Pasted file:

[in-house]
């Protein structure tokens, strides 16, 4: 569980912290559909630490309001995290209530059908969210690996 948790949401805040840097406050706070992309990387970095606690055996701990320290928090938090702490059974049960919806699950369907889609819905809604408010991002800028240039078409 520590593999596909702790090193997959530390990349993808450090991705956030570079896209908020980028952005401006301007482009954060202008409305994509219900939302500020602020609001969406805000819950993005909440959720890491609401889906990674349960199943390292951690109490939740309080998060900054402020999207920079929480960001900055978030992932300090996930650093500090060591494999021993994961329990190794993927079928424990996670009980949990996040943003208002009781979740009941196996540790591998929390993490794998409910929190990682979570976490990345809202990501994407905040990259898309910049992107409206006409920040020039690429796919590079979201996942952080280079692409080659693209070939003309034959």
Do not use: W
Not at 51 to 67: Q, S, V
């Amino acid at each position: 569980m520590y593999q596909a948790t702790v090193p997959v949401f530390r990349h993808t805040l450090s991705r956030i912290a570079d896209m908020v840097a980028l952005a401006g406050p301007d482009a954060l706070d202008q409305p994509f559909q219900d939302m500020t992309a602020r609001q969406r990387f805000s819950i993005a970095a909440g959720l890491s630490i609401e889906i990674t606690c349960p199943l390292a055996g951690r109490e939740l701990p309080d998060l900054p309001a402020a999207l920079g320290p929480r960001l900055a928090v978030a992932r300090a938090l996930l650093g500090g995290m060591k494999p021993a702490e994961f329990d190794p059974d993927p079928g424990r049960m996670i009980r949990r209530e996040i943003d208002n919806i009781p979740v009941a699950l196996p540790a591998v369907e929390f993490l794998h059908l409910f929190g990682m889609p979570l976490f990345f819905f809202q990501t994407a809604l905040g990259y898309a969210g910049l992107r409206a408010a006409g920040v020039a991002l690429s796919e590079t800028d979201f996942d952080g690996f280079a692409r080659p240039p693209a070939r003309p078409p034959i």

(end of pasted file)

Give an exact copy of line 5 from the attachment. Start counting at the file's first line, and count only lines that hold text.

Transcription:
């Amino acid at each position: 569980m520590y593999q596909a948790t702790v090193p997959v949401f530390r990349h993808t805040l450090s991705r956030i912290a570079d896209m908020v840097a980028l952005a401006g406050p301007d482009a954060l706070d202008q409305p994509f559909q219900d939302m500020t992309a602020r609001q969406r990387f805000s819950i993005a970095a909440g959720l890491s630490i609401e889906i990674t606690c349960p199943l390292a055996g951690r109490e939740l701990p309080d998060l900054p309001a402020a999207l920079g320290p929480r960001l900055a928090v978030a992932r300090a938090l996930l650093g500090g995290m060591k494999p021993a702490e994961f329990d190794p059974d993927p079928g424990r049960m996670i009980r949990r209530e996040i943003d208002n919806i009781p979740v009941a699950l196996p540790a591998v369907e929390f993490l794998h059908l409910f929190g990682m889609p979570l976490f990345f819905f809202q990501t994407a809604l905040g990259y898309a969210g910049l992107r409206a408010a006409g920040v020039a991002l690429s796919e590079t800028d979201f996942d952080g690996f280079a692409r080659p240039p693209a070939r003309p078409p034959i």